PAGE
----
My Micrometer Is in My Other Pair of Pants

February 22, 2011

My left brain and right brain each accept the presence and ultimate necessity of the other, sort of like Sam the sheepdog and Ralph the wolf in the Looney Tunes cartoons I grew up with. My left brain tries any number of ploys to get over on my right brain—obvious gambits, like carefully reasoned arguments, and then subtler maneuvers, like trying to shame me into being more organized. But it got downright dirty when a very attractive and silky smooth micrometer was inserted into the the picture. My left brain slipped the micrometer into a pocket of my shop apron, and my right brain let it stay there for a little while, no doubt due to its nice weight and perfectly smooth mechanism. But that’s all the farther it ever went.

The fact of the matter is, when I make saws I rely on as few measurements as possible. I start with a handful of them, but by the end there are no numbers left that I care about. And the numbers I do use are not built into templates and things like that. I apply the measurements themselves each time from scratch. No doubt this is very inefficient and conducive to tiny errors.

So how can I work this way and ensure that all of my saws are the same?

Well, they aren’t. No two are exactly alike. Not exactly. The differences aren’t so great that one dovetail saw, say, is completely unlike another one, but they aren’t either carbon copies of one another. Far from it. I mean, what’s the point of working by hand and trying to emulate automation? That negates perhaps the biggest advantage that working by hand affords you.

What maintains consistency between them is the amount of care and attention given to each one, so that any uniqueness becomes a strength, not a deviation from a standard or ideal pattern. They all start from about the same spot and then are allowed to develop a bit of their own character. What is exactly the same in each case is the degree of internal consistency—everything gels. This way a saw can be unique and still be spot on. Otherwise, if a measured pattern is your standard, and you have any deviation from it, and that pattern remains your standard, you now have an error. The idea of tuning a tool for performance isn’t uncommon—I just start that whole process from back when the tool is built.

No it isn’t the most efficient way to make a saw—but it isn’t supposed to be. And yeah, a lot of the differences are soft and are difficult or maybe even impossible to quantify. That’s kind of the point. Measurements aren’t necessarily the most complete expression of detail. The left brain doesn’t always have a comparable way to express everything that the right brain does.

My left brain baits my right brain as if asking for Grey Poupon. “Pardon me, may I borrow your micrometer?”

My right brain yawns. “Sorry. It’s in my other pair of pants.”


  1. Andrew,

    Excellent and poignant as usual. My only complaint is that your posts are too few and far between.

    Very good writing indeed.

    • Hi FJ,

      Thank you very much. I will try to be better about posting more regularly. I did let it slip there a bit didn’t I! Take it easy.

  2. Hi Andrew,

    thank you for this blog entry! Your words express much of what I feel!


    • Hi Pedder,

      Thank you. Best of luck to you with your own work as well!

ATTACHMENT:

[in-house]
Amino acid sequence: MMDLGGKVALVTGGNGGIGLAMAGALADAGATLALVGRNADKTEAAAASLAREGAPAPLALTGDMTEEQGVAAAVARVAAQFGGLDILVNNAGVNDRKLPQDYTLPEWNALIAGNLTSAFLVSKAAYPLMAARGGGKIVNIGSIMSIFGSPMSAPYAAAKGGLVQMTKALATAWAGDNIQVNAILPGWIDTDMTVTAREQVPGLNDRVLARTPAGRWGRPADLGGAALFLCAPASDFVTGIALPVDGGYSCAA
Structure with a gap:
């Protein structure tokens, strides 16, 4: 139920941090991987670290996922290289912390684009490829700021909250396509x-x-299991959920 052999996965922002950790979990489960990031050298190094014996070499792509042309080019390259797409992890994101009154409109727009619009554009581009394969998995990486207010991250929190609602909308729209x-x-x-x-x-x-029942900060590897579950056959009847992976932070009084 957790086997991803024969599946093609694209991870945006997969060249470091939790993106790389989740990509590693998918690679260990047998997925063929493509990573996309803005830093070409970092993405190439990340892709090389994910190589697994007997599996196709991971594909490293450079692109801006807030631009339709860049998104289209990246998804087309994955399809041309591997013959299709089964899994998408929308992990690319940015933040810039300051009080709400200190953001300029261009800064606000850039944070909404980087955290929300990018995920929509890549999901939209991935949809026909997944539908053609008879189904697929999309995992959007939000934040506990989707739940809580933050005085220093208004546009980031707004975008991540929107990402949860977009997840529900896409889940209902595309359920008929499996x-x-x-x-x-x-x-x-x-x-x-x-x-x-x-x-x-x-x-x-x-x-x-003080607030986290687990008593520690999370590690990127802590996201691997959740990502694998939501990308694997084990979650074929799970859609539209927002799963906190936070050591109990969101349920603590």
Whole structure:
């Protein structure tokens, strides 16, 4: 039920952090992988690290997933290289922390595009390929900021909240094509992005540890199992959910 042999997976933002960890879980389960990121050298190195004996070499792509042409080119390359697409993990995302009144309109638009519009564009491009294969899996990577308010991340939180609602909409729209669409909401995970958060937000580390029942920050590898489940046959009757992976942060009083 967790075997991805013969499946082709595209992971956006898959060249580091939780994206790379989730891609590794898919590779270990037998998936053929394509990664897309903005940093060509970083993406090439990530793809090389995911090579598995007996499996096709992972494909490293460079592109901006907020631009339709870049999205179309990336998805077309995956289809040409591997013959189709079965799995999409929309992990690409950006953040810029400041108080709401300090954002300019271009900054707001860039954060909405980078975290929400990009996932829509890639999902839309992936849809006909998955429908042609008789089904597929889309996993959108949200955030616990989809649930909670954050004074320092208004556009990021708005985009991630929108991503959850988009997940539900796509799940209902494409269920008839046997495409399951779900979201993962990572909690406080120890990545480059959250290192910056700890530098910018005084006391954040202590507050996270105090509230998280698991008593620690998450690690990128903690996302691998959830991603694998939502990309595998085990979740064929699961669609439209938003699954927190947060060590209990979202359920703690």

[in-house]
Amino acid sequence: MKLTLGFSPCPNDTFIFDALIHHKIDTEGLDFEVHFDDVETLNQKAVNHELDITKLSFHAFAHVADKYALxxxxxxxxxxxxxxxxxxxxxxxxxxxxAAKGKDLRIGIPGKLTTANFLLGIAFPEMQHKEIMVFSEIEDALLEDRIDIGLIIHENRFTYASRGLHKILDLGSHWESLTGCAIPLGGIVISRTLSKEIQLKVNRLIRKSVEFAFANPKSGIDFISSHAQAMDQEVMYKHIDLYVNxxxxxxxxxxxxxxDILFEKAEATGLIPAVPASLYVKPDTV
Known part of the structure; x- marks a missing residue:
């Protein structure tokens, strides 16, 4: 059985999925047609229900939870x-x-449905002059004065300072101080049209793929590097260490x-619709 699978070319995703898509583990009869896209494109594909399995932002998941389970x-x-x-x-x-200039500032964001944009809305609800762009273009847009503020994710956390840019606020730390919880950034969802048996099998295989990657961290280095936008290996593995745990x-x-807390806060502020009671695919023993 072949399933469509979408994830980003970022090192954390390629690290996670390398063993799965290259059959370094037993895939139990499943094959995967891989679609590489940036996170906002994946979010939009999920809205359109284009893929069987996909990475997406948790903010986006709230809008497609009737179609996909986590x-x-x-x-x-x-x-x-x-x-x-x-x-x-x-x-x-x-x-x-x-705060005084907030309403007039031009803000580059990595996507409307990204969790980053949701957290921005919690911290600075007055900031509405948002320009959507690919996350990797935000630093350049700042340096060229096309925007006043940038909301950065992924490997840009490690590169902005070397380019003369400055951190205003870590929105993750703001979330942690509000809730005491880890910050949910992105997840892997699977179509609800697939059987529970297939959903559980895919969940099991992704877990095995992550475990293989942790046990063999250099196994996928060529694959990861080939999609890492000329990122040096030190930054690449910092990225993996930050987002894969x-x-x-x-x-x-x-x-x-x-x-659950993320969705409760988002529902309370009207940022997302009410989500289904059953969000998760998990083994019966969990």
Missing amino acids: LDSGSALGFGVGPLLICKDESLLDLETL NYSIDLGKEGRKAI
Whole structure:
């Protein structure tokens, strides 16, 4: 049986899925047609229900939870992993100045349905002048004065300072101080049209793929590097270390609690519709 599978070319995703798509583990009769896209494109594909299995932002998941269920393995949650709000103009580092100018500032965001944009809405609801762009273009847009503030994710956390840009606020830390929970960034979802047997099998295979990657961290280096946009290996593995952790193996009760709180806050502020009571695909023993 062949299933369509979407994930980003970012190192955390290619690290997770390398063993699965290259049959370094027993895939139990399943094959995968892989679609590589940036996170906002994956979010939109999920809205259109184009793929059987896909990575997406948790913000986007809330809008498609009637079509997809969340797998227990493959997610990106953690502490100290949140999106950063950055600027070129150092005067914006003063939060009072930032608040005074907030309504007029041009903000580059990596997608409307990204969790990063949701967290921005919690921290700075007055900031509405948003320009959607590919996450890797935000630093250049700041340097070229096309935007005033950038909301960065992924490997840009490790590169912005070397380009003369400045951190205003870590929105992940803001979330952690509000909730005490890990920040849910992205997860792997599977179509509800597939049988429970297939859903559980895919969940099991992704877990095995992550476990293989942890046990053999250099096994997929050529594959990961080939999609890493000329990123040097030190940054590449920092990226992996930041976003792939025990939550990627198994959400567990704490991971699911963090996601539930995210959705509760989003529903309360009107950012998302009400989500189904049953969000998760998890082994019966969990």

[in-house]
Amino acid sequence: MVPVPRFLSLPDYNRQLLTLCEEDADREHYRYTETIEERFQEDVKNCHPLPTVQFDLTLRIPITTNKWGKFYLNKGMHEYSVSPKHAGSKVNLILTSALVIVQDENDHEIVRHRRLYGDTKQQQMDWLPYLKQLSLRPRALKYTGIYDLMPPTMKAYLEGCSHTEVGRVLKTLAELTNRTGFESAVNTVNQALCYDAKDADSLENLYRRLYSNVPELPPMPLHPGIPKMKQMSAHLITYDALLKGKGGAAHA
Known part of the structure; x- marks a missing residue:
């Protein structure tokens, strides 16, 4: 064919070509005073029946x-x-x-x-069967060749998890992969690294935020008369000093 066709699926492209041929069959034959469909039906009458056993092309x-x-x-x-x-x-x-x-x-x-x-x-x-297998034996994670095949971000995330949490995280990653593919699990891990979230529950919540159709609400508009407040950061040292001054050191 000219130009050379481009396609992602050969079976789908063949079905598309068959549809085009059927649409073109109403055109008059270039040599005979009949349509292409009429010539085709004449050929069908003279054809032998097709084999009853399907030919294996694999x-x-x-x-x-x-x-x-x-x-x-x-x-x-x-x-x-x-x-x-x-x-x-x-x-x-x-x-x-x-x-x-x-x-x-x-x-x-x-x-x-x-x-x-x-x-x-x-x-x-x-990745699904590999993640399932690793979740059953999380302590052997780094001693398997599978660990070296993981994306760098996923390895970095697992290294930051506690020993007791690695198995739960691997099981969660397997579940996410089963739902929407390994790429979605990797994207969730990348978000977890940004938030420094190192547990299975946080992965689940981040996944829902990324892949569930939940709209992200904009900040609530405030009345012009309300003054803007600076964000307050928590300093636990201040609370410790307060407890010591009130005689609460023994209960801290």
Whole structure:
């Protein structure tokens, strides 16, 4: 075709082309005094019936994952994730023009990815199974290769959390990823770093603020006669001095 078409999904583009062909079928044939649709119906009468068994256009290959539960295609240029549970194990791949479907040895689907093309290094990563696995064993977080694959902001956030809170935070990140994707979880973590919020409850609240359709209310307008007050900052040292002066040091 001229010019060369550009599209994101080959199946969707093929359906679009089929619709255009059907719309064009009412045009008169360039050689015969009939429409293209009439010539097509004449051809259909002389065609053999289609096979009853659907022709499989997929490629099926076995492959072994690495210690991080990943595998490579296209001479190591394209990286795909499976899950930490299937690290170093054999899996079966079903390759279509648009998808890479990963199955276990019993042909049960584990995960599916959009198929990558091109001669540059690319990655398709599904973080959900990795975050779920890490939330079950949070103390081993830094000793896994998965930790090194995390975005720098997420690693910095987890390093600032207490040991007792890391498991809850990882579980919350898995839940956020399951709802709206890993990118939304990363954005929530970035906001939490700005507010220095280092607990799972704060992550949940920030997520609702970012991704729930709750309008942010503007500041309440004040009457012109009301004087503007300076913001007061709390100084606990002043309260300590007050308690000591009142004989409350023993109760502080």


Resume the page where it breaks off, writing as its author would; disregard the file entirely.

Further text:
3. Hey Andrew!

    Pedder wrote me and asked me to come and read your latest blog entry. He and I have been discussing this very subject…. jigs versus doing it mostly by hand.

    Your saw making is much like what an artist creates compared to a mechanic such as myself who gets it done the easiest and fastest way with the use of anything and everything available, hand tools or otherwise. Both methods are right and neither method is wrong. Just different means of getting there from here. I am slowly gaining a better understanding of not only what you do but why and how you do it. That understanding helps me do what I do. Thank you.

    The older I get, the more I learn how much I don’t know. When I was younger, I learned from older people. Now that I’m one of those people, I now learn from younger people. It’s a fair exchange.


  4. Hi Marv,

    Coming from you I consider that a high compliment indeed–I don’t know that I’m worthy of it, but thank you. I’m myself always trying to learn what I can.


  5. Hi Andrew,

    This is why I’m looking forward to receiving my saws with so much anticipation. I rarely buy into anthropomorphic nonsense, but you give a unique personality to each of your saws; they become individuals and should be appreciated as such.
    Also, I have to heartily second the comments about the quality of your writing. It is worth reading for its own sake.

    Best Regards,

    • Hi Guy,

      Thank you very much. I also look forward to you receiving your saws. Not much longer now.

      Best wishes to you as well,

  6. I’m afraid there are times in my own shop where my left and right brain feel more like Tom and Jerry. Ralph and Sam would be an upgraded state of detente.

    Big projects have become an ongoing exercise in being creative enough that everything looks good, being precise enough that the good ideas aren’t overshadowed by technical errors… and making sure that the hours of inspiration and hard work aren’t being chased around the yard by the need to get the bills paid.

    At this point, it’s finally starting to feel like those episodes where Spike and Tom and Jerry have negotiated a cease-fire, and I’m able to be productive and get the bills paid. Everything’s in line, I can almost hear the trilling flute, while all three characters go be-bopping down the street.

    But I know there’s still a yard full of metal rakes, lead pipes, and other blunt instruments that are just lying around, waiting for me to get sloppy.

    But it’s good to know I’m not the only one with a head full of cartoon hijinks.

Comments are closed.

%d bloggers like this: